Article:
Who's your councillor?
There are 39 city councillors in Norwich - 13 electoral wards with three councillors in each.
Find out who represents you and your ward:
Councillors are community leaders. They champion the interests of the local community and effectively represent the people of Norwich and particularly those in their ward. They undertake casework for constituents and act as an advocate in helping to resolve concerns or grievances. They help formulate council policies, budget and service delivery.
Councillors are sometimes referred to as members which is short for member of the council.
Councillor information 2014 (1.83 Mb pdf)
Leader of the council
The leader of the council is an elected member. They are appointed by council and will generally hold the term of office for four years, providing they remain a councillor and a representative of the party which forms part of the ruling administration.
The leader is Councillor Brenda Arthur.
The cabinet makes recommendations to the council on the budget and policy framework. It also carries out all the executive functions of the council which are not reserved to the full council, exercised by another committee or delegated to an officer.
Full details of the members and their portfolios are available here.
Each ward is divided into smaller areas called polling districts and each of these has its own polling station where constituents can vote in person on election days.
Use the links below for details of each ward, including maps and locations of each polling station.
Code of conduct
Councillors are required to sign up to a code of conduct as part of their declarations of office. The code of conduct details how councillors are expected to behave when undertaking their duties.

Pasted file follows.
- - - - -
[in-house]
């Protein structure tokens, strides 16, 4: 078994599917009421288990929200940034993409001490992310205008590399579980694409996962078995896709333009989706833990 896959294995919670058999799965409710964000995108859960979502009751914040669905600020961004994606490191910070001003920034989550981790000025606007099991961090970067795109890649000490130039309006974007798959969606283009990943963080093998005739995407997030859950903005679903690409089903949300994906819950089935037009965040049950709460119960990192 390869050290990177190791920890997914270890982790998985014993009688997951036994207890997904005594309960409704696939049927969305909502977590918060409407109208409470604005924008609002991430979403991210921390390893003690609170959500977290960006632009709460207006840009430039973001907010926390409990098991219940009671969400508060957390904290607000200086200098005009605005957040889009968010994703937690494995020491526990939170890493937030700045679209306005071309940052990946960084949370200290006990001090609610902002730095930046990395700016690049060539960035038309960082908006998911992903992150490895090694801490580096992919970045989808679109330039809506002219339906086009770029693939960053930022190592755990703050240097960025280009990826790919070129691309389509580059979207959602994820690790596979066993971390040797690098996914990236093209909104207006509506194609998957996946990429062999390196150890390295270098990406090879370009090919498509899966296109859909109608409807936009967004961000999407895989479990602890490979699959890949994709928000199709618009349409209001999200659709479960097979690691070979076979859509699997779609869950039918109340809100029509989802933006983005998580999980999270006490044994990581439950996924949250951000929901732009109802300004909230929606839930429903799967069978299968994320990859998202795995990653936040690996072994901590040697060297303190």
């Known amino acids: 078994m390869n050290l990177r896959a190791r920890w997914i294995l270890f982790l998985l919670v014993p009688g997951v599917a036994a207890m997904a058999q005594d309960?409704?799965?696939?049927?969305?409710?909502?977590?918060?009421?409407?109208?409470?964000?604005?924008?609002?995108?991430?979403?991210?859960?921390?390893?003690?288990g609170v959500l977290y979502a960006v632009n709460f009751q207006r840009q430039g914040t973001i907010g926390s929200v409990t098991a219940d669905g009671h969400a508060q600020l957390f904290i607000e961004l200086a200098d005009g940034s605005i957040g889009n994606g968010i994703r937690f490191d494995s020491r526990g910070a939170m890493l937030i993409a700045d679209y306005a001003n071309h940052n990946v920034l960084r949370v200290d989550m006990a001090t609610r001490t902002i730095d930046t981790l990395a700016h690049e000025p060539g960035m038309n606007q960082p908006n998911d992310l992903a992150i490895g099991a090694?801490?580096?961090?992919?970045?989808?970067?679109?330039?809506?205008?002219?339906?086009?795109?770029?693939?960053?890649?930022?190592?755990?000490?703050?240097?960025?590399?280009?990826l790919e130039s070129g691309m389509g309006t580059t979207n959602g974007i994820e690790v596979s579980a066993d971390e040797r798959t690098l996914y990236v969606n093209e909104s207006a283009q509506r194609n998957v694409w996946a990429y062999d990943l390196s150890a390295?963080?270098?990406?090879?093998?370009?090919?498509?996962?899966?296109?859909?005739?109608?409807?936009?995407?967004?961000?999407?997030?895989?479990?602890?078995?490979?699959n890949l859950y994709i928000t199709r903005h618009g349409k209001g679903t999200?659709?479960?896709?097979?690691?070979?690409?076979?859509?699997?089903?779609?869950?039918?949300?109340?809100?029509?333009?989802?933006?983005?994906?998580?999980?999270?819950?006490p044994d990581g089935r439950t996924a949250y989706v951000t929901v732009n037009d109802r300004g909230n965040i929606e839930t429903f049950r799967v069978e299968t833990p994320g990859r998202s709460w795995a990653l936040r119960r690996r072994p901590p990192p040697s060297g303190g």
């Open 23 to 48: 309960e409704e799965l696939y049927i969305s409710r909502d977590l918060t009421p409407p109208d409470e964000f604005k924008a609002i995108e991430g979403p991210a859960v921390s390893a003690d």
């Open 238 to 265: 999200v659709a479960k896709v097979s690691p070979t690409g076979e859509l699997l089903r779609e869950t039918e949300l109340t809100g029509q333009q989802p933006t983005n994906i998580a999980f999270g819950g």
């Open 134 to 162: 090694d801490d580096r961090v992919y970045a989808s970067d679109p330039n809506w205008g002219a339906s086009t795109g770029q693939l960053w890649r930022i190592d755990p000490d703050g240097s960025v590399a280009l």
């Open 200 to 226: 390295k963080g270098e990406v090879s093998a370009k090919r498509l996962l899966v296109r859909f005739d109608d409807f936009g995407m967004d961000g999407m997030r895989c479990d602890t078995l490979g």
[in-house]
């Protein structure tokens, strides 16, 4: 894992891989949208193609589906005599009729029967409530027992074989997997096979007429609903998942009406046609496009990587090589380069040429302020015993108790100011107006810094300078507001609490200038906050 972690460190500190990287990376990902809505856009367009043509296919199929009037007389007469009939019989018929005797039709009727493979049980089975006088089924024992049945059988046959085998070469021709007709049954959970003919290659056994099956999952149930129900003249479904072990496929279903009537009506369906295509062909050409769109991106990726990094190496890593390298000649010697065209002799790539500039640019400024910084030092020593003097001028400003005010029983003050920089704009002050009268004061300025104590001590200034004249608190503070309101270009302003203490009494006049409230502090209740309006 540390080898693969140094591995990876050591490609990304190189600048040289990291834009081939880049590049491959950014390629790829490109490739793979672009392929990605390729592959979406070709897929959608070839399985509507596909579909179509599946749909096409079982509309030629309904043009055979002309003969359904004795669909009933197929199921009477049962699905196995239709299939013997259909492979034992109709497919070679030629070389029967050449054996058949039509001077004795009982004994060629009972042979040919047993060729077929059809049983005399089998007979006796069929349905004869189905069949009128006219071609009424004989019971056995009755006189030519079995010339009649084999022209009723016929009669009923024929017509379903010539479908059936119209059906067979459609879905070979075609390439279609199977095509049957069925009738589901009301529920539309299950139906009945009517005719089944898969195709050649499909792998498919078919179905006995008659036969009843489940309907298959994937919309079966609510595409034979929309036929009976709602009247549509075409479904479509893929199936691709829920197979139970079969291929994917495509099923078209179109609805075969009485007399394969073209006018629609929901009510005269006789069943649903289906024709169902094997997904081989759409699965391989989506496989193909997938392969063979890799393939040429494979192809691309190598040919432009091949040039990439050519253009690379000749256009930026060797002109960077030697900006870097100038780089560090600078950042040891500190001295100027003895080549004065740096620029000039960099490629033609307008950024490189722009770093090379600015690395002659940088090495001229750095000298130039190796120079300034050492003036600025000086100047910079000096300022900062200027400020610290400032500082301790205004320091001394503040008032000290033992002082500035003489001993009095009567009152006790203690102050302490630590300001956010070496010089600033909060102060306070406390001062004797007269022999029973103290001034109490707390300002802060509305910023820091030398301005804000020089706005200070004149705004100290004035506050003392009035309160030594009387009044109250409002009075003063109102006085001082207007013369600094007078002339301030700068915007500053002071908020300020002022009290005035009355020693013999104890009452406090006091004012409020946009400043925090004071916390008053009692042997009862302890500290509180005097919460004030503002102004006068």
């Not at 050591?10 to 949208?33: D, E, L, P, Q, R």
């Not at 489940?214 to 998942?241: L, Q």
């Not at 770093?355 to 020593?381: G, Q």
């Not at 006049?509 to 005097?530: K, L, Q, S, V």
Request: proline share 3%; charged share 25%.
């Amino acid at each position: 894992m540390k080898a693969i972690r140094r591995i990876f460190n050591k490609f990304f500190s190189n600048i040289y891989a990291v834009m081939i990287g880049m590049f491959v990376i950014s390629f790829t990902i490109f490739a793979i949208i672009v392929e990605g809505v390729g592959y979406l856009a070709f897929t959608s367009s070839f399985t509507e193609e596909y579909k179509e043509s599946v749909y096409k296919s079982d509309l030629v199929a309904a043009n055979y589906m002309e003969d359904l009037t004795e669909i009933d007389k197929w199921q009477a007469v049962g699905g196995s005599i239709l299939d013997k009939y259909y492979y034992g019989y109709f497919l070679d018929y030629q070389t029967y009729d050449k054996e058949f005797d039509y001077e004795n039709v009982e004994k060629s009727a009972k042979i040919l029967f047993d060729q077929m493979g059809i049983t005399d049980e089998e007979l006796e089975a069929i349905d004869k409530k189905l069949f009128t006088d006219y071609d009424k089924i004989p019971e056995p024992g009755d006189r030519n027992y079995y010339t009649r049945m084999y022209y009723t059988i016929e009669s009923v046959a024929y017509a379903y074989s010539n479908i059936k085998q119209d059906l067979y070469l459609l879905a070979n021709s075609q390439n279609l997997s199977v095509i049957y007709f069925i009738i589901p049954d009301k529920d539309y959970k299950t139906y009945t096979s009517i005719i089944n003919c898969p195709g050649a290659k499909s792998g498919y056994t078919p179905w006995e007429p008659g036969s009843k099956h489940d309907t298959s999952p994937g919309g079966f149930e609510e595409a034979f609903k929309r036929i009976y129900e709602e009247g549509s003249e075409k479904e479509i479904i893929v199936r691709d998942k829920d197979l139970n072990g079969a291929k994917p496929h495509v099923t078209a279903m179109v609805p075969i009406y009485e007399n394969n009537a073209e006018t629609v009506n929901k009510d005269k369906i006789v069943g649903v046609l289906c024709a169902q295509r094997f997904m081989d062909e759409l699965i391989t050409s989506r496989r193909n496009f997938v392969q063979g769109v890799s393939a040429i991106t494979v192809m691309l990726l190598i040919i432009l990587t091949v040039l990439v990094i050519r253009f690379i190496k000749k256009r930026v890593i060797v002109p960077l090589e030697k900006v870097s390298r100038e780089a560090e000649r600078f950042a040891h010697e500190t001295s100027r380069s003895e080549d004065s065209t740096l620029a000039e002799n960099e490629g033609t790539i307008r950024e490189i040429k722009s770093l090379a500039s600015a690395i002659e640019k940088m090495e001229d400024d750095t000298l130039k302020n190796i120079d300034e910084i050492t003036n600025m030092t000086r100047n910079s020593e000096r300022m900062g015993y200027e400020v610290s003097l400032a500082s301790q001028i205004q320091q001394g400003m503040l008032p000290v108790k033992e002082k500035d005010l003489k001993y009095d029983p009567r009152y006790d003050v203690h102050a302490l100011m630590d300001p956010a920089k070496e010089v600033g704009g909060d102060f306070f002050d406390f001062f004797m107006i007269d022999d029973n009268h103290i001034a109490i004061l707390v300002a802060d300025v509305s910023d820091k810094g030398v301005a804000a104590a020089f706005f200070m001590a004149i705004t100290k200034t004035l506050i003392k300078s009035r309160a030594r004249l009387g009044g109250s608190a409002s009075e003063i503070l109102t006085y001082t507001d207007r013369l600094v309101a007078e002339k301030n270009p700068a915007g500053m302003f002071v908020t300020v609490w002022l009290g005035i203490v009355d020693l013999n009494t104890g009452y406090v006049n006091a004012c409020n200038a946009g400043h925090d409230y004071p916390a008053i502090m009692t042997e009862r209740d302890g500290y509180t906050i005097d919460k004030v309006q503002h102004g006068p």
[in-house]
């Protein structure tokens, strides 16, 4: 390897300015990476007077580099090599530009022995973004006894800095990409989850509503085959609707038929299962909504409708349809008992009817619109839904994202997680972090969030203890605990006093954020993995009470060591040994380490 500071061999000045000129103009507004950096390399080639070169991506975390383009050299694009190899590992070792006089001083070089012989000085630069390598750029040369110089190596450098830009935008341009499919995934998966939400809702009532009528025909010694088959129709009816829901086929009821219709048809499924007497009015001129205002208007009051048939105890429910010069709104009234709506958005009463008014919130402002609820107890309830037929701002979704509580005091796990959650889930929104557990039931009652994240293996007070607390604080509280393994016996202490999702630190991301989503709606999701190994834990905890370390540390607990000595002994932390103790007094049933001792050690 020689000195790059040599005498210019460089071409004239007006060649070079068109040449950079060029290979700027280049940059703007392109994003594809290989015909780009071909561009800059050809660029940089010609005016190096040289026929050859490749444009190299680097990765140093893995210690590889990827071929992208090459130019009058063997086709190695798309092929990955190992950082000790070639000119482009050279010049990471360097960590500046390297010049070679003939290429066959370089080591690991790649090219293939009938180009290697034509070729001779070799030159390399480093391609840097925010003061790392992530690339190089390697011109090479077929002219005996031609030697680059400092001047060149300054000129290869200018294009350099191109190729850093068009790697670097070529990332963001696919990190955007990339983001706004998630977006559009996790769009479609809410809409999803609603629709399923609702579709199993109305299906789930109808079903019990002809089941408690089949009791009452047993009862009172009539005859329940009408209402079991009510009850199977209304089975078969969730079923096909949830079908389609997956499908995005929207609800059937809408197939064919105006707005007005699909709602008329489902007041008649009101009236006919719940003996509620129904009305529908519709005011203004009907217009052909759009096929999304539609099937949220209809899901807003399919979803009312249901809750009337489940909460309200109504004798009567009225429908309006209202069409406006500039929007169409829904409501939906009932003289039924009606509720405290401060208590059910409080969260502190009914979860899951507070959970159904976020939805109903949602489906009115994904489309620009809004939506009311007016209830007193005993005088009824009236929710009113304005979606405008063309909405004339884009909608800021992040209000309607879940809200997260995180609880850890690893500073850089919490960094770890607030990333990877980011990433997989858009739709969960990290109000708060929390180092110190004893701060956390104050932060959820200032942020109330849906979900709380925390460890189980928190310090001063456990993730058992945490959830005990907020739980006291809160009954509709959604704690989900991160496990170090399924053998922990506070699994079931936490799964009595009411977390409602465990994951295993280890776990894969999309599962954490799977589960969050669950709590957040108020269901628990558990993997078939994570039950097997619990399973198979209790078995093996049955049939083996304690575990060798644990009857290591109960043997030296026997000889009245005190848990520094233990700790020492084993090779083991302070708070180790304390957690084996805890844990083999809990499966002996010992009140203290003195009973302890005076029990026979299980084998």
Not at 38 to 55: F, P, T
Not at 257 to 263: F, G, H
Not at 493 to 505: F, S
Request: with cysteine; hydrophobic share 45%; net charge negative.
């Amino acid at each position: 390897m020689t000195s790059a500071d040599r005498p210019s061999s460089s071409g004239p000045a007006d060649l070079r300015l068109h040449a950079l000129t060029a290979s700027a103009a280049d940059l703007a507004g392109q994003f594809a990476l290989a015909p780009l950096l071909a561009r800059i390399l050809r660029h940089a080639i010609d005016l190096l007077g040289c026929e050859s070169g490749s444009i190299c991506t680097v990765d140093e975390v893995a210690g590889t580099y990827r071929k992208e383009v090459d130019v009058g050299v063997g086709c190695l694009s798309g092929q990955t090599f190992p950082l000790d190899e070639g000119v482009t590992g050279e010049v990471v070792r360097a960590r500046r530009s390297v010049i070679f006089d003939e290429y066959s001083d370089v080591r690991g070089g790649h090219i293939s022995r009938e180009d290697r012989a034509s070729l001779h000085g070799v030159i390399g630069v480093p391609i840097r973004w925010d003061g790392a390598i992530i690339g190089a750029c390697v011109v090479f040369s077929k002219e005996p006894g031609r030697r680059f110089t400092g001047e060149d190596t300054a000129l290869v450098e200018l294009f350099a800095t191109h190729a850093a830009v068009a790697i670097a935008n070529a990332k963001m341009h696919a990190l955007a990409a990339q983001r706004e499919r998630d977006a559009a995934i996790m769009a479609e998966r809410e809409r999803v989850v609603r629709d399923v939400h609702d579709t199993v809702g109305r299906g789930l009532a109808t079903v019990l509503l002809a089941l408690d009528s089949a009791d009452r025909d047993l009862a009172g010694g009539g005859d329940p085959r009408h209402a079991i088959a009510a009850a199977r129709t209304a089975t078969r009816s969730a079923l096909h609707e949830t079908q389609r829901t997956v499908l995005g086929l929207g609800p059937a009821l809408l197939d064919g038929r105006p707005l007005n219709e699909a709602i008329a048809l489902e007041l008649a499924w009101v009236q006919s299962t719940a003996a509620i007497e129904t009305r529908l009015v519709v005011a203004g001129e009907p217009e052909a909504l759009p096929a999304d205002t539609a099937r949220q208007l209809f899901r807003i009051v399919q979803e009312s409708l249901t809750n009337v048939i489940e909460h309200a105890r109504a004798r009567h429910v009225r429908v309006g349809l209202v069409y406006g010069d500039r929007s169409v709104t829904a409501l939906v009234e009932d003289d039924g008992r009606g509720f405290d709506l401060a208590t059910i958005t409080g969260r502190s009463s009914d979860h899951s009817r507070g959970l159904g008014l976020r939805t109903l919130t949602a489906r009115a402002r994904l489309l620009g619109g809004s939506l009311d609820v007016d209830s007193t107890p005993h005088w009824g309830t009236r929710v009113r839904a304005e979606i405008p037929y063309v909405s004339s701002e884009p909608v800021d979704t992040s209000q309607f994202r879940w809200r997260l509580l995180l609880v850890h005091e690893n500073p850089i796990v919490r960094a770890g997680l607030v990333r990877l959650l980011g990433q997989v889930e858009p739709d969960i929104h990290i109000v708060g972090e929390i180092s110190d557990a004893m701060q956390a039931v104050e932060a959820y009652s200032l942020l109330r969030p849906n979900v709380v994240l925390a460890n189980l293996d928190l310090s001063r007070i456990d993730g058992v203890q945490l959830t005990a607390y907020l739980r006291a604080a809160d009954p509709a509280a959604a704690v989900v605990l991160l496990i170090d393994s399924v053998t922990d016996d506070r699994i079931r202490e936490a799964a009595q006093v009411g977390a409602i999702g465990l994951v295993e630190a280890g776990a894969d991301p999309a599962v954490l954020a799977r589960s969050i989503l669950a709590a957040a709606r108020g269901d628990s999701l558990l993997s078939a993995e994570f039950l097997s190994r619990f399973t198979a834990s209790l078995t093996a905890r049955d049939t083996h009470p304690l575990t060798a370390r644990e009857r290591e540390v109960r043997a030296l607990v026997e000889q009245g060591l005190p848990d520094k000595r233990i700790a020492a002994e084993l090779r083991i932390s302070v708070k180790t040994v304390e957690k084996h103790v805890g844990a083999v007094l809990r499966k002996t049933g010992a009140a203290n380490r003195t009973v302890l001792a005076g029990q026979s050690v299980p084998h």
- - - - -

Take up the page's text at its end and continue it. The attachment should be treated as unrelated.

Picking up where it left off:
Click the links below to see full code of conduct and procedures for making a complaint for if and when a councillor has failed to follow the code.
Councillors' attendance register
The attendance of councillors at Norwich City Council meetings is recorded and published annually.
Attendance register 2011-12 (11.1 Kb pdf)
Attendance register 2010-11 (31.8 Kb pdf
Attendance register 2009-10 (13.9Kb pdf)
Councillors do not receive a salary for being a councillor as it is regarded as a public service, however, each councillor receives a basic allowance. This is aimed at covering the costs such as phone, postage, printer cartridges etc as well as compensating for some of the time spent on council duties. Those undertaking specific roles that require a greater time commitment such as chairs of committees etc receive an additional Special Responsibility Allowance.
There are also allowances to cover the cost of travel and to provide carers support to enable attendance at meetings and other official duties.
Members' allowance scheme (24.1 Kb pdf)
Member's allowances - financial year 2012-13 (54.7 Kb pdf)
Declaration of interests
All members of the council are required by law to complete a notification of interests form to register their financial and other interests.